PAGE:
|Chesterton's grave in Beaconsfield (carved by Eric Gill). Stuart's son, Nathanael, stands proudly next to it.|
One of these days I will write about GK Chesterton and his relationship with Belloc. I think it sufficeth to say, for the moment, that had it not been for Belloc there would probably have been no Chesterton (as he 'became').
They first met, according to Chesterton, at a restaurant in Soho:
He entered like a man armed, and as with a clang of iron. He brought with him news from the fronts of history. What he brought into our dream was this Roman appetite for reality and for reason in action, and when he came into the door there entered with him the smell of danger. He remarked that he was in low spirits. His low spirits were and are much more uproarious and enlivening than anybody else’s high spirits. He talked into the night, and left behind in it a glowing track of good things. When I say good things, I mean things that are truly good. This man has made the greatest fight for good things of all the men of my time.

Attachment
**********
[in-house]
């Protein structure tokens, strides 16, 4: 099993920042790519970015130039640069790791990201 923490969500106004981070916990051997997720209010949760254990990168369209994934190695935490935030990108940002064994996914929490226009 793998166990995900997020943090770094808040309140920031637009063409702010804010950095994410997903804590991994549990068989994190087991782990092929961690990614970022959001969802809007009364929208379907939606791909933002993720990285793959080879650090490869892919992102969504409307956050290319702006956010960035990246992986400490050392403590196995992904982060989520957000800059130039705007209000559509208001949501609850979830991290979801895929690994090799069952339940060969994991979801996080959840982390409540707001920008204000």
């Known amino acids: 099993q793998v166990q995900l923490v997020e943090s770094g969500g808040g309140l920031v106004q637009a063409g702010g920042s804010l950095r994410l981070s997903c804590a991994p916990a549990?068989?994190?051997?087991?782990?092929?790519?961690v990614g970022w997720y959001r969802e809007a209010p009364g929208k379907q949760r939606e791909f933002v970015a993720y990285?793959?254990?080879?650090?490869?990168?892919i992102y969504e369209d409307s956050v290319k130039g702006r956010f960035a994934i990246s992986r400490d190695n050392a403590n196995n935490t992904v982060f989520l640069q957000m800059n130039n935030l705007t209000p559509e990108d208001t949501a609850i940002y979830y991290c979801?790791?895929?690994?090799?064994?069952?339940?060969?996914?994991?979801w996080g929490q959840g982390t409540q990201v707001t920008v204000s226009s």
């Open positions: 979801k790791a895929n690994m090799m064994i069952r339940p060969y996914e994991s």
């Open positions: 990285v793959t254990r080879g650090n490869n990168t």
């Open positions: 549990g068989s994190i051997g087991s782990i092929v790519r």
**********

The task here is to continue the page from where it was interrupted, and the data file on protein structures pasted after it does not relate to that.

I will write more, about their collaborative friendship, at some stage in the future.
Sticking with the Chestertonian theme, a splendid chap called Stuart McCullough will be engaging in a 'pilgrimage' to his resting place in Beaconsfield at the end of the month. Stuart writes: